I needed to get out.
I had spent the morning and afternoon by myself, trusting I was on the right path—meditating, doing yoga—but sometimes we just need to get ourselves out of the walls we live in, and get some fresh air to really realign.
As I began my run and hike, it occurred to me that each choice we make, no matter how small, is a question of what we are willing to give to achieve our desires.
Whether it’s a hike or the dreams we’re after, we have the choice of offering either more time or more energy to achieve them. In different moments, the scales shift, and the more conscious of those moments we are, the more we can see (and choose!) those fluctuations.
I ran joyfully. I felt the wind in my hair and at my face, felt my feet contact the earth and continued on, loving it. My muscles moved. My lungs, stomach and ribs expanded like an accordion. My heart was happy, my body was happy—but I was also getting hot.
I turned a corner, and with disappointment, I saw that the path stretched on in a straight shoot, hot and unshaded. I couldn’t see the end destination for the turn it made. I could continue running in the heat and without shade, which didn’t seem as fun, or I could slow down and remain in the heat, but take longer to get to the end of this portion.
I chose to continue giving my energy, keeping up the momentum.
As we pursue our various life goals, we can keep a soft focus at the forefront on the direction we are headed, and make decisions along the way to support that end result. If our focus is too hard, we’re putting pressure on ourselves and creating anxiety to achieve our goal. But if we ignore our goal entirely, how can we achieve it?
Examining what we have to offer now—our time and our energy—is an empowering experiment.
The unknown at the end of the path had, for a moment, scared me. I couldn’t see the end, and I wasn’t sure I was on the right track. The long stretch of unshaded path was less pleasant too. But I continued giving energy, so that I had to spend less time on it.
When I finally rounded the corner, I saw my destination—the top of a hill—above me. I wasn’t there yet, but the sight was beautiful, and I was now in shade. I was fine. I could just enjoy.
I scaled the hill upward in my tennis shoes. Dust and rocks slid, and my feet threatened to follow. I continued on, using a lot of energy. I stopped for a moment on a slightly flatter step, realizing then that I could ask myself: time or energy?
I saw a small path near my left foot. The first few meters were covered in dry grass—the kind that later becomes tumbleweeds. But just beyond that were trees, shade and a path that would lead me upward, like a backwards “C,” to the top rather than straight up. As I made the step onto that path—and stopped sliding—it was a decision in favor of time. I would spend more of it and save energy.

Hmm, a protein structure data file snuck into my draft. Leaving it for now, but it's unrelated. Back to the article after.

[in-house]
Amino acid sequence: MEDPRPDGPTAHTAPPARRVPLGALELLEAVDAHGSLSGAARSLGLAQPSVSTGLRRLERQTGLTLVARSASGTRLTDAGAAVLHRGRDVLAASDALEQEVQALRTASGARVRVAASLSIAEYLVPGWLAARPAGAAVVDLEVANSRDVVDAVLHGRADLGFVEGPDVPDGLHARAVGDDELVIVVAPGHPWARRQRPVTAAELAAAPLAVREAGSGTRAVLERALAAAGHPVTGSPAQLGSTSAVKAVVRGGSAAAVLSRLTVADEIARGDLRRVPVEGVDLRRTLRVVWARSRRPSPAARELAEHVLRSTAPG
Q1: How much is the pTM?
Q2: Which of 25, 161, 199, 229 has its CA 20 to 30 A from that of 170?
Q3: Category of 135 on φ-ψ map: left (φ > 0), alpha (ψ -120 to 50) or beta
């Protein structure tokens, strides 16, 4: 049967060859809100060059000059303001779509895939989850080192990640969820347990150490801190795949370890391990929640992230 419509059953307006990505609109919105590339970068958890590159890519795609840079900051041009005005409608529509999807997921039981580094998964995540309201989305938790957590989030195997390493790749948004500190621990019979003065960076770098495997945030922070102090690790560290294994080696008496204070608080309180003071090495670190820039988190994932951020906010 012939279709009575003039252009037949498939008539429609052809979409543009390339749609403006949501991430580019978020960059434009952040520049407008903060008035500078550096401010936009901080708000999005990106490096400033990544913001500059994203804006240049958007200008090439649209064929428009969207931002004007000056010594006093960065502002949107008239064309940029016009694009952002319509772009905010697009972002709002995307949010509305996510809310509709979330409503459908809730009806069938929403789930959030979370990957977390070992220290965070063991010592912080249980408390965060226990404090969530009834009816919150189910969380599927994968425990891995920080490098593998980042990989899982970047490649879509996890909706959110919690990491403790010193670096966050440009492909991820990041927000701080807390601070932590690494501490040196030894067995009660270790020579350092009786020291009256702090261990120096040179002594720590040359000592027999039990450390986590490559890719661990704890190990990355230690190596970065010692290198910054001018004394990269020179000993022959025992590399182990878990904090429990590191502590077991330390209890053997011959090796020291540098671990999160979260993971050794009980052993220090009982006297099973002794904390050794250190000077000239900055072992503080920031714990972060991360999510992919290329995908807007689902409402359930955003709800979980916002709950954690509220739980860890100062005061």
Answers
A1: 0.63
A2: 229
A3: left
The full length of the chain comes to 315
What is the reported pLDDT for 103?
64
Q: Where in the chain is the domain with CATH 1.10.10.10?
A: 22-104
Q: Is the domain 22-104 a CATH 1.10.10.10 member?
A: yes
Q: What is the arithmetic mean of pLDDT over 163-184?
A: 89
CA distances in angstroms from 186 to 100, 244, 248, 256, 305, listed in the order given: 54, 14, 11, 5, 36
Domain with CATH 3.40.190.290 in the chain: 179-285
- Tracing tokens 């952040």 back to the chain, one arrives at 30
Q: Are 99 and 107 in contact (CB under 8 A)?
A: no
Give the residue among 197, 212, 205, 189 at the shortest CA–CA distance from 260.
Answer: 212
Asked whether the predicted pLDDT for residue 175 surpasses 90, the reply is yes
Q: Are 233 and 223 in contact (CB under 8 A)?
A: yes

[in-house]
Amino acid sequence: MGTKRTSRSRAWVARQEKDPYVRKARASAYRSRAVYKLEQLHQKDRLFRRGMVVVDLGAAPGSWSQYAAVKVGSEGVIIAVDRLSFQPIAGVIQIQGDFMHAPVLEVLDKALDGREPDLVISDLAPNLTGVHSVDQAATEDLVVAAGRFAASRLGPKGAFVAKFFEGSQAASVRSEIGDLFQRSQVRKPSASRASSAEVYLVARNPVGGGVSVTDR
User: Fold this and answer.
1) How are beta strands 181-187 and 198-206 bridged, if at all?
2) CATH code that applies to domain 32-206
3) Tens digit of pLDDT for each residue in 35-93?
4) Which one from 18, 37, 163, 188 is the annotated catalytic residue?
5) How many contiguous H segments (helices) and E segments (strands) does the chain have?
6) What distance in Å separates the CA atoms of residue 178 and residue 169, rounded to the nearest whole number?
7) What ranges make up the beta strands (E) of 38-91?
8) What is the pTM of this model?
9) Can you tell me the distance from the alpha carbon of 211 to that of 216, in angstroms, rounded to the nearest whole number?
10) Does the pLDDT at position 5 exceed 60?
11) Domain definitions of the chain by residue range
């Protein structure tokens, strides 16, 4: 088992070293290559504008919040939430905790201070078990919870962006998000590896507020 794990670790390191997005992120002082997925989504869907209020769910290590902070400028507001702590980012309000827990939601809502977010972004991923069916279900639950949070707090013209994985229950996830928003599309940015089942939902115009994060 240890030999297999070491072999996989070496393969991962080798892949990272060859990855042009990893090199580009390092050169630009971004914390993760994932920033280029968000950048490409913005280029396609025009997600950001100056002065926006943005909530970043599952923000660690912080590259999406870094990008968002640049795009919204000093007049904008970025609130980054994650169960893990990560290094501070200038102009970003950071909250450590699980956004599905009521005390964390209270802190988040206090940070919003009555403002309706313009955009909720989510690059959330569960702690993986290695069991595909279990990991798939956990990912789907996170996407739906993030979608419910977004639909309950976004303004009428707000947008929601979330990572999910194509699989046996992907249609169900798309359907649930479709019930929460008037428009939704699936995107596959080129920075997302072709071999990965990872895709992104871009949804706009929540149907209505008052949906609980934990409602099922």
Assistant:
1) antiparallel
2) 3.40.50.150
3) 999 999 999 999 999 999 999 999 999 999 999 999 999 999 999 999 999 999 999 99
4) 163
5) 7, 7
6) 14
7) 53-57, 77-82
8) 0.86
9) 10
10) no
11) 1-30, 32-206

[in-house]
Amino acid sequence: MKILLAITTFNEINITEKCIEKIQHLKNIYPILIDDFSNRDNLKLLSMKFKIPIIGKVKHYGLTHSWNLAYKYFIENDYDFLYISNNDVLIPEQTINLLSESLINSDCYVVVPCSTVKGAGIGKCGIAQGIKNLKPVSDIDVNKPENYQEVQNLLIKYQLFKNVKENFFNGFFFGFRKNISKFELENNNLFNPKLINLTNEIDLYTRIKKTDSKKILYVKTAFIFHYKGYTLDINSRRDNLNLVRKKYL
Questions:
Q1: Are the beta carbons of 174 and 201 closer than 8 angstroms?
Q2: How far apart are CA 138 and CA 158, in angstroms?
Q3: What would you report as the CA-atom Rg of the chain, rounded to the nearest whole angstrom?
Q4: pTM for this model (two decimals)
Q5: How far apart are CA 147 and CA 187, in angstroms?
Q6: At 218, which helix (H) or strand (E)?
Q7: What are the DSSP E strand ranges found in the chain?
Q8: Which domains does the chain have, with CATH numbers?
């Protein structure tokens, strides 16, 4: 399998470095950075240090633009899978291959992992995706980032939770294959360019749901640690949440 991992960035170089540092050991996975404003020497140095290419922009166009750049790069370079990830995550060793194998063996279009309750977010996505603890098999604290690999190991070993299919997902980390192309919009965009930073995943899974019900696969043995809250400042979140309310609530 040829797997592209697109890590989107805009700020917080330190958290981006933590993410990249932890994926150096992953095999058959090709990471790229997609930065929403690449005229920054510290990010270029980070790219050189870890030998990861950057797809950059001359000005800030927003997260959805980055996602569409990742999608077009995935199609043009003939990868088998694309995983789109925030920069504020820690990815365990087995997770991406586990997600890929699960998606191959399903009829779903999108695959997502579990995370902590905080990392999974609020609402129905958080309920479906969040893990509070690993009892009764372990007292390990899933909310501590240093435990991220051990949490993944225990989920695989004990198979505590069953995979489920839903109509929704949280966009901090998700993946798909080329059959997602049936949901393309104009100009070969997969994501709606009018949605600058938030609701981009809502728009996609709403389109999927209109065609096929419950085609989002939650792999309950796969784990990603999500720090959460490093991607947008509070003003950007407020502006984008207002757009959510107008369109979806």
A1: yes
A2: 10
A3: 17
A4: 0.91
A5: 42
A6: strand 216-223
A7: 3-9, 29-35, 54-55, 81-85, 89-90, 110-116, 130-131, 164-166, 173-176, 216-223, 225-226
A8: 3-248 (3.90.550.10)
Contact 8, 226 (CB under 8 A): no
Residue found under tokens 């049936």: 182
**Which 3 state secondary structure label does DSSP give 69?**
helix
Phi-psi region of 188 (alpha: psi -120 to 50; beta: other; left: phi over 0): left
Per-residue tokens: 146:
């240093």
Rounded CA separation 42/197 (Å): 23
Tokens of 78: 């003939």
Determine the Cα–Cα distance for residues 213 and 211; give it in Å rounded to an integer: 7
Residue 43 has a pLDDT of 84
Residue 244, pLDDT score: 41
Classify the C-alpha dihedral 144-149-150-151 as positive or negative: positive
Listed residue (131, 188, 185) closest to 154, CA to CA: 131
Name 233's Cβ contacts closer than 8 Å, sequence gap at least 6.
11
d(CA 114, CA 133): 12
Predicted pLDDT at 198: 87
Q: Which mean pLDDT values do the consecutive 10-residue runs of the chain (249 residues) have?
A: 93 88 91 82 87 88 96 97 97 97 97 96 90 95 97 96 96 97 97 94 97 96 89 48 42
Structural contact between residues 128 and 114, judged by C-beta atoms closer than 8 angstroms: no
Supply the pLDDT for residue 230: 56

I glanced behind me and saw the distance I’d come. For a moment I was shocked. It was beautiful and scary—I was still at an incline, and a fear of heights jumped into my consciousness. But as I stepped over the grasses, I found some more stable ground and looked again with less fear.
To finish my climb up the hill, I switched once again to use more energy to make a steep incline. I had to look down at my feet a lot and grab hold of rocks with my hands more than once. I got a small cut on something microscopic that managed to draw blood, and a couple of scratches on my leg, but I was joyfully connected with my spirit, my physical experience.
I stood at the very top. I felt the cool breeze and reveled in it, breathing with it. I could see rolling hills, a few people speckled around and the city in various parts. In 80-something degree weather with a slight breeze, it was perfect.
I had achieved my goals: 1) To strengthen my connection with my self and higher power, and 2) To get to the top. I thanked God, the universe, Brahman, whatever energy exists within us and around us. I was grateful for the cool breeze, glorious sight and area of respite as a congratulatory gift.
Through awareness, we have choice. (I think of and love that Eve picked from the tree of knowledge, which led to free will). With every choice I made, it was personal, and there was no right answer. Or rather, my answers were right, because I chose.
I listened, and my inner self said it was wonderful to enjoy the break, but I needed to be on my way again soon or it would be more difficult to get down before sunset. I think when we let fatigue in, and allow time to be spent in a non-deliberate way, we lose the choice of using energy to help us. I don’t want to risk getting lost that way—I still plan on taking an unknown path down.
Author: Dominique Hinman
Image: Michelle Spencer/Unsplash
Editors: Catherine Monkman; Yoli Ramazzina